We consider the problem of estimating a probability of failure ${p}_{f}$, defined as the volume of the excursion set of a complex (*e.g.* output of an expensive-to-run finite element model) scalar performance function $J$ below a given threshold, under a probability measure that can be recast as a multivariate standard Gaussian law using an isoprobabilistic transformation. We propose a method able to deal with cases characterized by multiple failure regions, possibly very small failure probability ${p}_{f}$ (say $\sim {10}^{-6}-{10}^{-9}$), and when the number of evaluations of $J$ is limited. The present work is an extension of the popular Kriging-based active learning algorithm known as AK-MCS, permitting to deal with very low failure probabilities. The key idea merely consists in replacing the Monte-Carlo sampling, used in the original formulation to propose candidates and evaluate the failure probability, by a centered isotropic Gaussian sampling in the standard space, which standard deviation is iteratively tuned. This *extreme* AK-MCS (eAK-MCS) inherits its former multi-point enrichment algorithm allowing to add several points at each iteration step, and provide an estimated failure probability based on the Gaussian nature of the Kriging surrogate.
Both the efficiency and the accuracy of the proposed method are showcased through its application to two to eight dimensional analytic examples, characterized by very low failure probabilities. Numerical experiments conducted with *unfavorable* initial *Design of Experiment* suggests the ability of the proposed method to detect failure domains [30].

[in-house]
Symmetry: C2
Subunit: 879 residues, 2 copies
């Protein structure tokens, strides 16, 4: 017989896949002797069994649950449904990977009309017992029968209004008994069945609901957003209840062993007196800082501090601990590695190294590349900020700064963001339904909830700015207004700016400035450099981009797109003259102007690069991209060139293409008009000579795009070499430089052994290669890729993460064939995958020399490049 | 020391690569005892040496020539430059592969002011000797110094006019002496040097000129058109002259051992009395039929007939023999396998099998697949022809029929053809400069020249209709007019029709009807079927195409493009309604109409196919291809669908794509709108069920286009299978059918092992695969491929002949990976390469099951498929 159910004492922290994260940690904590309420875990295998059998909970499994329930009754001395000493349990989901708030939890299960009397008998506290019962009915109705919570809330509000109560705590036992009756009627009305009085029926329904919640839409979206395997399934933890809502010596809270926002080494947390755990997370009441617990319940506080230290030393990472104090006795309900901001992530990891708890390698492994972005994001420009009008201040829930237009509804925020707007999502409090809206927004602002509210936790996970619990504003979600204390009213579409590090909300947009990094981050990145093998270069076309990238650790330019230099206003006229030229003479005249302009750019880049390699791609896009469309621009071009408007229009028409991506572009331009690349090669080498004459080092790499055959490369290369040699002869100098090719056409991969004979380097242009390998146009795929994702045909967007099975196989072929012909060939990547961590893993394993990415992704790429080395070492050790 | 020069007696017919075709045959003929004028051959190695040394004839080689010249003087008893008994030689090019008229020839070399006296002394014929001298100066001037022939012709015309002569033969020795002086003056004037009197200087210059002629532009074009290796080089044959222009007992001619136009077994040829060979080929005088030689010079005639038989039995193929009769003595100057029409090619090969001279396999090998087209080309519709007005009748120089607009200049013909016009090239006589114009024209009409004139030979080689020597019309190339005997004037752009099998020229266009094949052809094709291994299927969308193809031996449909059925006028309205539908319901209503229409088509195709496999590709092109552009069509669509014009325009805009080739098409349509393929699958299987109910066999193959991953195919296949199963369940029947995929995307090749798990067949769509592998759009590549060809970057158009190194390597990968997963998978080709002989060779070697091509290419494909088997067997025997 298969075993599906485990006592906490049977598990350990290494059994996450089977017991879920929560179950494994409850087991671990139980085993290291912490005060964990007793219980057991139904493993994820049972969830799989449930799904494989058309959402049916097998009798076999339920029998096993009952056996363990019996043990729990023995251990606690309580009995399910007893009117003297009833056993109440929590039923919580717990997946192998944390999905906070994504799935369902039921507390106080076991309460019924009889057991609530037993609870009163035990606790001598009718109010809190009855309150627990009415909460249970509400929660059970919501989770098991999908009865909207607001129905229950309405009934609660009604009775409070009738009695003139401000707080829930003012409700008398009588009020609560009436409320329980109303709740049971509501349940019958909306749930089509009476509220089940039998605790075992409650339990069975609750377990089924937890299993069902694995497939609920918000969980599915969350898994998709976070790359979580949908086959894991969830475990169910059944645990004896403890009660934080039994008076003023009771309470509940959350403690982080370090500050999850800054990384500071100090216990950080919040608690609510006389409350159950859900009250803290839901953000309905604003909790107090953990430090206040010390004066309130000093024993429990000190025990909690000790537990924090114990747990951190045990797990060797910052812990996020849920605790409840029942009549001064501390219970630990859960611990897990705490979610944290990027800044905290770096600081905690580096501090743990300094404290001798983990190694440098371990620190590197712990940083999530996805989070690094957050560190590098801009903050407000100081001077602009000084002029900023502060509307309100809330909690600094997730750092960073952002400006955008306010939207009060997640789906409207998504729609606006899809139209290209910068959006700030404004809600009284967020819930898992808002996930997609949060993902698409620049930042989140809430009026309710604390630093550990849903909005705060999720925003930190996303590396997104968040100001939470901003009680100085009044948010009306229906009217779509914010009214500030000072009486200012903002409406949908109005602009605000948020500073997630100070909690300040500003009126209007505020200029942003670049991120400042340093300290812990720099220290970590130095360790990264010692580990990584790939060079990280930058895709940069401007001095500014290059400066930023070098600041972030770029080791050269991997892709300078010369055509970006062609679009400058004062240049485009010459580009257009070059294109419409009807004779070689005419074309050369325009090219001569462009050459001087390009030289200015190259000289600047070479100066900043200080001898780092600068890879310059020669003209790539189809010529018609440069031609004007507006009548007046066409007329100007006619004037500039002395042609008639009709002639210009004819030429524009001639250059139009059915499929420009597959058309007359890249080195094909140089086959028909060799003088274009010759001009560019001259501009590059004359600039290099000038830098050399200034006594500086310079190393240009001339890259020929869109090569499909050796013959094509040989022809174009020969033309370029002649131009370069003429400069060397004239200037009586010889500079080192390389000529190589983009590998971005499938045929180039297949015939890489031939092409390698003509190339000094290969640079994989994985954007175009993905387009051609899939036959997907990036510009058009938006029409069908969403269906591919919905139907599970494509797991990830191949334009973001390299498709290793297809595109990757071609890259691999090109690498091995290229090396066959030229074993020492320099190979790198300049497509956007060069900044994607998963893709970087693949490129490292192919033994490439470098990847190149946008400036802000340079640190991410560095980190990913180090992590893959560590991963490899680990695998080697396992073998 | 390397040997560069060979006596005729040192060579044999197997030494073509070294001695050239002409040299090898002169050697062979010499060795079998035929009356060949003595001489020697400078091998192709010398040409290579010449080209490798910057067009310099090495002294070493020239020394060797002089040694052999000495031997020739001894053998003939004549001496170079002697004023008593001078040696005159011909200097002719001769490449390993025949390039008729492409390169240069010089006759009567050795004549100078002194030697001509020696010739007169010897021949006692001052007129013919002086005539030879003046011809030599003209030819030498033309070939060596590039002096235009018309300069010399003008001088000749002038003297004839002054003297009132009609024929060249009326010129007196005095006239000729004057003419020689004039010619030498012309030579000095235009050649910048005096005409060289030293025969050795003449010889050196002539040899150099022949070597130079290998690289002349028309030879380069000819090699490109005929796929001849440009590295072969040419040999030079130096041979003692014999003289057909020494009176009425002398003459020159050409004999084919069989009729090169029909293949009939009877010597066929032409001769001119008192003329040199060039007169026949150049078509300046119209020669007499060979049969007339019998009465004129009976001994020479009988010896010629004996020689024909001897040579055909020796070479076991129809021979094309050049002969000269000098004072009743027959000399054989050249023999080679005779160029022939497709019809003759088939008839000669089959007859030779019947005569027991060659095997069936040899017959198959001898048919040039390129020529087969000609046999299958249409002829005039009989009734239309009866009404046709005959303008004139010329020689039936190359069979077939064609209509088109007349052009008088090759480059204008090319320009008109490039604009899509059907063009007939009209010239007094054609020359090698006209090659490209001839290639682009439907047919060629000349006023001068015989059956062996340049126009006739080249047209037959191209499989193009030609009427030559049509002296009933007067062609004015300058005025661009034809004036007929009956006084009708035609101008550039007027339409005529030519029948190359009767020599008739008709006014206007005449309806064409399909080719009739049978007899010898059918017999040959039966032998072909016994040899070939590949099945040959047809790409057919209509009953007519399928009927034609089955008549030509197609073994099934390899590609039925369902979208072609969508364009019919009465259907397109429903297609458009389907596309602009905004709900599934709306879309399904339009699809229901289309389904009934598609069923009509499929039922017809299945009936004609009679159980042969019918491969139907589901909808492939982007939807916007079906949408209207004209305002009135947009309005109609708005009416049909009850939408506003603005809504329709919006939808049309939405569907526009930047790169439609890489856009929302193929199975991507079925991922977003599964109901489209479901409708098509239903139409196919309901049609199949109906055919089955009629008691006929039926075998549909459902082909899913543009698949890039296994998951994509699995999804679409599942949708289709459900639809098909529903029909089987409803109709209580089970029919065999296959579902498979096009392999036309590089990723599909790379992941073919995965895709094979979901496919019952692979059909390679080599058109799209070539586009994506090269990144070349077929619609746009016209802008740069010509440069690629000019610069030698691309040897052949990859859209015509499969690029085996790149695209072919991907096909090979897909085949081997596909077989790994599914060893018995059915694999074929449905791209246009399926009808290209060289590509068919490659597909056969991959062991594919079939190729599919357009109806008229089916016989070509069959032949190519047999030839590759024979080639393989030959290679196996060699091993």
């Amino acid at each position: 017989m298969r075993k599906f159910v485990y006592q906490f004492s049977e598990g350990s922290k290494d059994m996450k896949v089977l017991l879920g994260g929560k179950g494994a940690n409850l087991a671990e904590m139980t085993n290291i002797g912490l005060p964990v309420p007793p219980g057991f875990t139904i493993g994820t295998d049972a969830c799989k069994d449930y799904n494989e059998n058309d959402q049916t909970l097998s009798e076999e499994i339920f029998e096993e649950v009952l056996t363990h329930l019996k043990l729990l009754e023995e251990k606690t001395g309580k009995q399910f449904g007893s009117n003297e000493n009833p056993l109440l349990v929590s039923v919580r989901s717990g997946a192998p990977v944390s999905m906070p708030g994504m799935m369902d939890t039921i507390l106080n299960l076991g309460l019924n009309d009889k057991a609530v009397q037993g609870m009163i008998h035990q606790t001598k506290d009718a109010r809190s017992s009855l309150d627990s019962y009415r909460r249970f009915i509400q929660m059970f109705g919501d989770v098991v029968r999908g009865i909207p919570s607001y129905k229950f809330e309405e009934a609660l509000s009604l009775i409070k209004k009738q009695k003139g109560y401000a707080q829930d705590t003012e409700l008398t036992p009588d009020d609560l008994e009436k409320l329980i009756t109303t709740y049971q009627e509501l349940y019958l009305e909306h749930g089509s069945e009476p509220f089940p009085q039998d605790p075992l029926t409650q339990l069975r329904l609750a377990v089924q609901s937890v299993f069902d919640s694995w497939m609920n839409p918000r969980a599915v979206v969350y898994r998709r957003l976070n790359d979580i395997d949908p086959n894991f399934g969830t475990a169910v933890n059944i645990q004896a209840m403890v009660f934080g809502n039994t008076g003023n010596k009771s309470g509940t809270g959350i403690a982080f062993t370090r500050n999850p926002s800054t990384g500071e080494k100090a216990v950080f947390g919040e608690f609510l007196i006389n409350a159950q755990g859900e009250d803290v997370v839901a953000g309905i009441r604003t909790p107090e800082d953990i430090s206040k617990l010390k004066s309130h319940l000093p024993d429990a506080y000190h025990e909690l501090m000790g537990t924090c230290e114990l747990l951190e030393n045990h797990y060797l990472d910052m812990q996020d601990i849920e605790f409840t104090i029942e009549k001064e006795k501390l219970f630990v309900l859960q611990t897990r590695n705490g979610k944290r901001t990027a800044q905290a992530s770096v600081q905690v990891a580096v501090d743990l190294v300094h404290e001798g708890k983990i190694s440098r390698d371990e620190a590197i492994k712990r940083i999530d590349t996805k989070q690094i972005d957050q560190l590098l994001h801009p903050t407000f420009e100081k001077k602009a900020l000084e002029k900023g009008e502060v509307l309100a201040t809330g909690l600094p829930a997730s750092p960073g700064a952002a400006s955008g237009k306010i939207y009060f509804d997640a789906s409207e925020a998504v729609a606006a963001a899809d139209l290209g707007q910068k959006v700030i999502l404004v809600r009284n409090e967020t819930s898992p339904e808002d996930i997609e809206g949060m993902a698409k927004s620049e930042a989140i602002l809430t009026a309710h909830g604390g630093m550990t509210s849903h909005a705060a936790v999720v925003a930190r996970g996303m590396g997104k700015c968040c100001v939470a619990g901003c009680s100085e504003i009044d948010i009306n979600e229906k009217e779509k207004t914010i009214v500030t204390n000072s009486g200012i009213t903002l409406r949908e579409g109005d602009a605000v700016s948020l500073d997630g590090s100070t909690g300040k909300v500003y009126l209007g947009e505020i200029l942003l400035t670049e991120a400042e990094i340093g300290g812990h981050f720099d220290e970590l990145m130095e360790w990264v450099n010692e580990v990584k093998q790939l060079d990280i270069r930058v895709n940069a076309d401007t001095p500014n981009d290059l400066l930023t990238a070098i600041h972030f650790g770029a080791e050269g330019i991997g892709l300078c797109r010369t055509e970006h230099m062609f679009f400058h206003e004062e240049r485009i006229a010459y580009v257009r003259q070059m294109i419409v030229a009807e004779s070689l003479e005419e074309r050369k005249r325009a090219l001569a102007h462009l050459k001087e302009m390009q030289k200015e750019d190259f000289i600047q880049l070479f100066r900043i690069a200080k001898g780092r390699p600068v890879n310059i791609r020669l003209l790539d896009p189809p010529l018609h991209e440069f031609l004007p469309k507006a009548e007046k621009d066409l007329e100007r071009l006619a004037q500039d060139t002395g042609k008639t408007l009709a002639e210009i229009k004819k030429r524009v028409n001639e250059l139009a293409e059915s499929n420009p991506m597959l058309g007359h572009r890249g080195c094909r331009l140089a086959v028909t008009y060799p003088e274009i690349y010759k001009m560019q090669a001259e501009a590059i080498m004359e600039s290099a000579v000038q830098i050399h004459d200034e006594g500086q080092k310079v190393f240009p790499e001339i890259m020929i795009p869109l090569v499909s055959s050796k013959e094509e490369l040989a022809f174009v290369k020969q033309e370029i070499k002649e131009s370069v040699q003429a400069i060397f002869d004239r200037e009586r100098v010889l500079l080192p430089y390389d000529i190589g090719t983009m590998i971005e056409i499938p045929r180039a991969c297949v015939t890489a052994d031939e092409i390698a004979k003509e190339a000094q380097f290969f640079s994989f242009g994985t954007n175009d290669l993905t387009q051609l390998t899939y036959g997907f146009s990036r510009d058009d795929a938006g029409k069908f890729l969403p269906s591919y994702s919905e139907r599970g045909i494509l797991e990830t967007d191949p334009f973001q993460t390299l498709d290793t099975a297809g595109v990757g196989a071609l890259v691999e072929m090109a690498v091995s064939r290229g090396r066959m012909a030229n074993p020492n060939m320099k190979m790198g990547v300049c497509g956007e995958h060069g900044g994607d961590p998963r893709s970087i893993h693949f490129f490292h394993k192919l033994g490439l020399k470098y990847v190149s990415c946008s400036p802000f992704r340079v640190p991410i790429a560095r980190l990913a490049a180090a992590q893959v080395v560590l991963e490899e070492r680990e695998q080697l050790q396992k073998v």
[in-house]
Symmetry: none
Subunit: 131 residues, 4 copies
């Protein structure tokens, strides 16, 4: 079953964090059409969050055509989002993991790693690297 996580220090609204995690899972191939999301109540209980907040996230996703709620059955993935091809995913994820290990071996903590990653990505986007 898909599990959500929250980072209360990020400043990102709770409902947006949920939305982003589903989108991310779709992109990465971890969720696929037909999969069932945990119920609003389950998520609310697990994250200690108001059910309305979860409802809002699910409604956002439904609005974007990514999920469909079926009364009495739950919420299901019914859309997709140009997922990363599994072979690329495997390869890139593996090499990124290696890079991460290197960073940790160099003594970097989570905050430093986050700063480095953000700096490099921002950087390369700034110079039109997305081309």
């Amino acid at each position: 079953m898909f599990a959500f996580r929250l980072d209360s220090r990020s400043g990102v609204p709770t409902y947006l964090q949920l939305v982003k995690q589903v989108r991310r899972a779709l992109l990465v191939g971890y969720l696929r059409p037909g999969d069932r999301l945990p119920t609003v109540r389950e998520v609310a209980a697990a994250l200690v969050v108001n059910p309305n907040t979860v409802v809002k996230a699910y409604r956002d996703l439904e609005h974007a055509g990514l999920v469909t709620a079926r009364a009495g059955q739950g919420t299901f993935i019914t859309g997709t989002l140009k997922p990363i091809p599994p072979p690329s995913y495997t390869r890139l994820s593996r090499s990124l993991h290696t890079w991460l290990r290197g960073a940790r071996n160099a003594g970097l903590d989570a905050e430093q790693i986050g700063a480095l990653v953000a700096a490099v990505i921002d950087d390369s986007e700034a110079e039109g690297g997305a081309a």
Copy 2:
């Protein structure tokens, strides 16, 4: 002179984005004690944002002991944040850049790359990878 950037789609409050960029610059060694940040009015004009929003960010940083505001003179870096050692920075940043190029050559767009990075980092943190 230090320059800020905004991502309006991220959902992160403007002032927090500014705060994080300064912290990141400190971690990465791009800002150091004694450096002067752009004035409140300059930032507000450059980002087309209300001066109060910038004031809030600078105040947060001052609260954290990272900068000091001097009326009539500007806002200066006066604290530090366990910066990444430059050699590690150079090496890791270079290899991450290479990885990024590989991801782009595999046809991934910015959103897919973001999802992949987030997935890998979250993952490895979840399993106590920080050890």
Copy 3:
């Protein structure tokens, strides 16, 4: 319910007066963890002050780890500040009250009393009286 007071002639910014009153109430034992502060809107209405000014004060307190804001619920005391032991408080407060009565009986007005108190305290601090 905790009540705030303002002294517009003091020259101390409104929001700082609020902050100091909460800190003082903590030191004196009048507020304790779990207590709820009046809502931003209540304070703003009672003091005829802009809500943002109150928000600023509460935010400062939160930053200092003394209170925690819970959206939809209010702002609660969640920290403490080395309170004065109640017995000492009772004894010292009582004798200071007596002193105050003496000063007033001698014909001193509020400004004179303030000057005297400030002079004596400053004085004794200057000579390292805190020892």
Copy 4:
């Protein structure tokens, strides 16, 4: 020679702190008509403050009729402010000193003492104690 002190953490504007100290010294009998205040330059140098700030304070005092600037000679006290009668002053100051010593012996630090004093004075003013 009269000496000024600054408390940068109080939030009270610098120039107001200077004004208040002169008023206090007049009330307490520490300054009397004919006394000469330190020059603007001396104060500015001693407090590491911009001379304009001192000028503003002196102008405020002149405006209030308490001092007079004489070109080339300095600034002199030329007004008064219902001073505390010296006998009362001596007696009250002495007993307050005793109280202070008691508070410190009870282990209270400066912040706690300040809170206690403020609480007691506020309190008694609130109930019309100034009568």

#### An Efficient Kriging-Based Extreme Quantile Estimation suitable for expensive performance function

N. Razaaly, P.M. Congedo

We propose here a method for fast estimation of the quantiles associated with very small levels of probability, where the scalar performance function J is complex (e.g. output of an expensive-to-run finite element model), under a probability measure that can be recast as a multivariate standard Gaussian law using an isoprobabilistic transformation. A surrogate-based approach (Gaussian Processes) combined with adaptive experimental designs allows to iteratively increase the accuracy of the surrogate while keeping the overall number of J evaluations low. Direct use of Monte-Carlo simulation even on the surrogate model being too expensive, the key idea consists in using an Importance Sampling method based on an isotropic centered Gaussian with large Standard deviation permitting a cheap estimation of the quantiles of the surrogate. Similar to the strategy presented by Schobi and Sudret (2016), the surrogate is adaptively refined using a parallel infill refinement of an algorithm suitable for very small failure probability. We finally elaborate a multi-quantile selection approach allowing to exploit high-performance computing architectures further. We illustrate the performances of the proposed method on several two and six-dimensional cases. Accurate results are obtained with less than 100 evaluations of J. An article on this topic is under preparation.